The Catholic Movement and the Society of the Holy Cross.
By J. Embry, M.A.,
Vicar of St. Bartholomew’s, Dover.
London: The Faith Press, 1931.
“A GOVERNOR OF HIS BRETHREN.”
"THE time has come when, by the Statutes of our Society, I must vacate the office to which you have so often elected me. It is difficult for me to see the motive which has so often induced you to replace me in it, unless it be to practise patience and forbearance through the shortcomings of your Master." These words were said by Father Mackonochie in 1882, when he resigned the Mastership of S.S.C. for the sixteenth time. It was no expression of false humility which gave rise to their utterance, he was too single-minded for that,—whatever others thought, it was his own convinced judgment of himself. For thirteen years in succession (1863—1876) he had held the Office and the break which came would not have come but for a revision of the Statutes, which limited the holding of the Mastership to three years in succession, and which he enforced upon himself as soon as it was framed. For another three years (1879—1882) he again held office and was elected Master for the last time in 1885, when ill-health and the need of mental rest prevented him from the active discharge of the official duties during the latter part of the time.
If Father Mackonochie was too humble-minded to "see the motive" for his repeated elections, the Brethren of the Society saw and had no doubt as to the wisdom of their choice, or of the clearness of their motive in electing him, while his own life of self-repression and heroic "patience and forbearance," was an object lesson in itself, demanding an imitation of these virtues, while never the occasion for compelling their practice. Each year renewed the experience that in Father Mackonochie the Society was under the guidance of one of the most ideal priests the English Church or, for the matter of that, any part of the Church, had ever produced. To the Society he, in degree, was like the patriarch Joseph of old,—"a governor of his brethren."
The Life of Alexander Heriot Mackonochie, edited by the Rev. E. F. Russell, and Saint Alban the Martyr, Holborn, by the Rt. Hon. G. W. E. Russell, to say nothing of smaller publications, have made this wonderful priest well known to church-folk and his name a household word, by reason of his courage, devotion and steadfastness to the Faith. The position occupied by the Church of which he was the first Vicar with its memories and associations, the Mackonochie Chapel with its Cenotaph and Effigy and the tragic poetry of his death will, even in the age of short remembrances, long postpone the asking, should it ever be asked,—"Who was Father Mackonochie?"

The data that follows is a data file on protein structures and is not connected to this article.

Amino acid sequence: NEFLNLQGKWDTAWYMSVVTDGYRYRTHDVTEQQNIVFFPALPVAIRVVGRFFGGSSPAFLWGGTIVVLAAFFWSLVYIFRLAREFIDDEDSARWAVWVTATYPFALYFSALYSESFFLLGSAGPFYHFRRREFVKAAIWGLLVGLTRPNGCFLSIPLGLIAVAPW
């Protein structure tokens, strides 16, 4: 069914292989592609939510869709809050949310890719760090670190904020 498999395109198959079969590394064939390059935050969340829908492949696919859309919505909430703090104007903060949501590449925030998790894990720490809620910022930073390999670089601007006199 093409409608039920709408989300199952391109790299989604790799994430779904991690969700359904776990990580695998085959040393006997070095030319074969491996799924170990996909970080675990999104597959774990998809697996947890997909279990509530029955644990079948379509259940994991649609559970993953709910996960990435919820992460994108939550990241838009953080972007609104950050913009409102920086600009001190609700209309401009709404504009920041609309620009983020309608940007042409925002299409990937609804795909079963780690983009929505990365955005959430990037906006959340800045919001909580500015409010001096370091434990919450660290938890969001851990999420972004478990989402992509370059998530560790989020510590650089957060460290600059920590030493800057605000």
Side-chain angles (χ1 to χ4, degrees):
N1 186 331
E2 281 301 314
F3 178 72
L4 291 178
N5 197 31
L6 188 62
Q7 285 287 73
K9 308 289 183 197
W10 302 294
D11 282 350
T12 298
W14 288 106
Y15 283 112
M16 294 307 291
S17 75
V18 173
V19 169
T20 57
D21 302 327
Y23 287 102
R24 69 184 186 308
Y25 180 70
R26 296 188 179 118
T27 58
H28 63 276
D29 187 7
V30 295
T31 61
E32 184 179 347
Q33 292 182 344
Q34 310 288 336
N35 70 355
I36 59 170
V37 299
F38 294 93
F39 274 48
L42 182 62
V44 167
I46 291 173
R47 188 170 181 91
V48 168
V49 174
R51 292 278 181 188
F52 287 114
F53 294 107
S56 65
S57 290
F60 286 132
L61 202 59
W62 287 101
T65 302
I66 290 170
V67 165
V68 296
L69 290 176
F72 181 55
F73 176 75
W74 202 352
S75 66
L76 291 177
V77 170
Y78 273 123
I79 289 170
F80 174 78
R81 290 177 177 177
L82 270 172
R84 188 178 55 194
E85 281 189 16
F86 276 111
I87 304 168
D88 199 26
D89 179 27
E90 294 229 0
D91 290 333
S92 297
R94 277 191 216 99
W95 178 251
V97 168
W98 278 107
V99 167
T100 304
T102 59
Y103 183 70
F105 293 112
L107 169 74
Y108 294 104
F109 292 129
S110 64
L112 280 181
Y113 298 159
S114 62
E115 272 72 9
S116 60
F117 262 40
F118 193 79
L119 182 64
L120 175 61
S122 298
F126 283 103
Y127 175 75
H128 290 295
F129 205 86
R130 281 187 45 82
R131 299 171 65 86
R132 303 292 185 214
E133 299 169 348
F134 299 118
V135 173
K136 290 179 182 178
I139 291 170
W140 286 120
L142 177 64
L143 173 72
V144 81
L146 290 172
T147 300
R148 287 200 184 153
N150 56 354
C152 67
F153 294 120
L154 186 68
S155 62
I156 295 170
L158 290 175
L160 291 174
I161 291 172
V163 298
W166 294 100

By most churchmen his memory will probably be linked with the turmoils, difficulties and ritual prosecutions and suits of more than half a century ago, when every endeavour was being made to crush out the Catholic Movement, and be cherished as that of a Confessor who suffered almost uninterruptedly for the Faith during the whole of his active ministry. To many others he will always be the type of the parish priest who, amid the storms which raged around him, was an enduring testimony of the sacred truths he taught and the sacraments he ministered by his unstinted labours for the spiritual and social welfare of the flock he loved. To such, his life will always be the embodiment of the fact that sacrifices are never useless. The granite cross, which marks the spot where his body was found in the Mamore Forest, will seem to many a true emblem of his character. The extraordinary difficulties of that monument's transit over narrow paths and dangerous precipices achieved successfully, the strength of its grey Scotch stone, its lonely yet firm fixture, and its perpetual exposure to blizzard, rain and sun not inaptly symbolise him, whose ecclesiastical mottoes were,—"No surrender—No desertion," and "Stand firm."
To the Society of the Holy Cross, Father Mackonochie has become revered by something different and in a different kind of way. If others got, as it were, photographs of him, S.S.C. obtained his living portrait. He had been more identified with the Society than anyone else had ever been, or probably ever will be. At the time of his death it was said by his then successor in office that, humanly speaking, S.S.C. owed everything that was or had been good or prosperous in it, in one way or another, to him. His conduct of its discussions, his decisions and rulings on points of order were ever clear, lucid and practical; yet, valuable as they were, they were not the most valuable of the influences he brought to bear upon the Society. It was always felt that while the voice of strong, good common sense spoke, it was ever modulated by that calm, holy, interior spirit, the true priestly spirit, which it was the primary purpose of S.S.C. to cultivate. His memory, to the Society, has become, in consequence, that of a peculiar possession, it is like a "precious relic” as it were, of wonder-working fame. He was the Builder of S.S.C., its unobtrusive Defender and Repairer, at a time of its greatest trial, nor is it mere sentiment to say that the Society is ever reminded at its gatherings of his service, strength and enthusiasm, and inspired to continue in the spirit of his sacrifice and labour; for, by a felicitous act, the then Master at the time of Father Mackonochie's death, the Rev. E. G. Wood, gave to the Society a silver gilt cross in memory of him as an appanage of the office of Master and always worn by the Master at the Chapters and Synods of the Society.